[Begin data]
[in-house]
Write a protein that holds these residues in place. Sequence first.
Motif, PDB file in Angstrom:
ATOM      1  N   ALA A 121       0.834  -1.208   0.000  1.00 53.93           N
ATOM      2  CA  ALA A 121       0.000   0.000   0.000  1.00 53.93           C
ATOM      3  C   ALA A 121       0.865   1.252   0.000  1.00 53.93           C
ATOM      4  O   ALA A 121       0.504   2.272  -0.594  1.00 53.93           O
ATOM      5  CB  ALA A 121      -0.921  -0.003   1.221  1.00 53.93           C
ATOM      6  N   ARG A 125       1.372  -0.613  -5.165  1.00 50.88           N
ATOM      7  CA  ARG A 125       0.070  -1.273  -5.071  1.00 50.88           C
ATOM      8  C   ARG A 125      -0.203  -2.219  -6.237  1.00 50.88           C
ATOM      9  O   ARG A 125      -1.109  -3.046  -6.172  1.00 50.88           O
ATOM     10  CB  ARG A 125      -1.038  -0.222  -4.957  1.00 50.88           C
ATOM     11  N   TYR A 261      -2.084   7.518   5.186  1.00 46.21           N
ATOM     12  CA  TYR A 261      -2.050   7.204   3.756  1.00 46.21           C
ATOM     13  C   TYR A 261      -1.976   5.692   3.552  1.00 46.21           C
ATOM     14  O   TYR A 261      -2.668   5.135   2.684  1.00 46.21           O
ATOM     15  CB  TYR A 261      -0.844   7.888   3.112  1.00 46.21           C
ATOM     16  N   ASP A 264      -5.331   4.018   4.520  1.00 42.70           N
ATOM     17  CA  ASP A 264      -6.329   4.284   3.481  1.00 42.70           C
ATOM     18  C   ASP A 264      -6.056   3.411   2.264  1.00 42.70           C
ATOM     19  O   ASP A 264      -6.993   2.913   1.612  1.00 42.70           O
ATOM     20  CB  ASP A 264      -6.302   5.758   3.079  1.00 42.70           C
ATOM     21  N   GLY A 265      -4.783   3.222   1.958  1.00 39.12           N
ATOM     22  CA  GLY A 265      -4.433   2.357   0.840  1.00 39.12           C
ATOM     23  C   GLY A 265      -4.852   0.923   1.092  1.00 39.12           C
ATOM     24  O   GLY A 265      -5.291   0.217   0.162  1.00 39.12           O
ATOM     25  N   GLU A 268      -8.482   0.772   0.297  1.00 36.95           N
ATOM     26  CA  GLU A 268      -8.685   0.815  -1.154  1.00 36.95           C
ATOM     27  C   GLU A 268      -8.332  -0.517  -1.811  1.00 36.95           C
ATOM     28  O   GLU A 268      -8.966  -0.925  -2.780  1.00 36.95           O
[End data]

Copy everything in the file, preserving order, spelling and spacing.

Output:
[in-house]
Write a protein that holds these residues in place. Sequence first.
Motif, PDB file in Angstrom:
ATOM      1  N   ALA A 121       0.834  -1.208   0.000  1.00 53.93           N
ATOM      2  CA  ALA A 121       0.000   0.000   0.000  1.00 53.93           C
ATOM      3  C   ALA A 121       0.865   1.252   0.000  1.00 53.93           C
ATOM      4  O   ALA A 121       0.504   2.272  -0.594  1.00 53.93           O
ATOM      5  CB  ALA A 121      -0.921  -0.003   1.221  1.00 53.93           C
ATOM      6  N   ARG A 125       1.372  -0.613  -5.165  1.00 50.88           N
ATOM      7  CA  ARG A 125       0.070  -1.273  -5.071  1.00 50.88           C
ATOM      8  C   ARG A 125      -0.203  -2.219  -6.237  1.00 50.88           C
ATOM      9  O   ARG A 125      -1.109  -3.046  -6.172  1.00 50.88           O
ATOM     10  CB  ARG A 125      -1.038  -0.222  -4.957  1.00 50.88           C
ATOM     11  N   TYR A 261      -2.084   7.518   5.186  1.00 46.21           N
ATOM     12  CA  TYR A 261      -2.050   7.204   3.756  1.00 46.21           C
ATOM     13  C   TYR A 261      -1.976   5.692   3.552  1.00 46.21           C
ATOM     14  O   TYR A 261      -2.668   5.135   2.684  1.00 46.21           O
ATOM     15  CB  TYR A 261      -0.844   7.888   3.112  1.00 46.21           C
ATOM     16  N   ASP A 264      -5.331   4.018   4.520  1.00 42.70           N
ATOM     17  CA  ASP A 264      -6.329   4.284   3.481  1.00 42.70           C
ATOM     18  C   ASP A 264      -6.056   3.411   2.264  1.00 42.70           C
ATOM     19  O   ASP A 264      -6.993   2.913   1.612  1.00 42.70           O
ATOM     20  CB  ASP A 264      -6.302   5.758   3.079  1.00 42.70           C
ATOM     21  N   GLY A 265      -4.783   3.222   1.958  1.00 39.12           N
ATOM     22  CA  GLY A 265      -4.433   2.357   0.840  1.00 39.12           C
ATOM     23  C   GLY A 265      -4.852   0.923   1.092  1.00 39.12           C
ATOM     24  O   GLY A 265      -5.291   0.217   0.162  1.00 39.12           O
ATOM     25  N   GLU A 268      -8.482   0.772   0.297  1.00 36.95           N
ATOM     26  CA  GLU A 268      -8.685   0.815  -1.154  1.00 36.95           C
ATOM     27  C   GLU A 268      -8.332  -0.517  -1.811  1.00 36.95           C
ATOM     28  O   GLU A 268      -8.966  -0.925  -2.780  1.00 36.95           O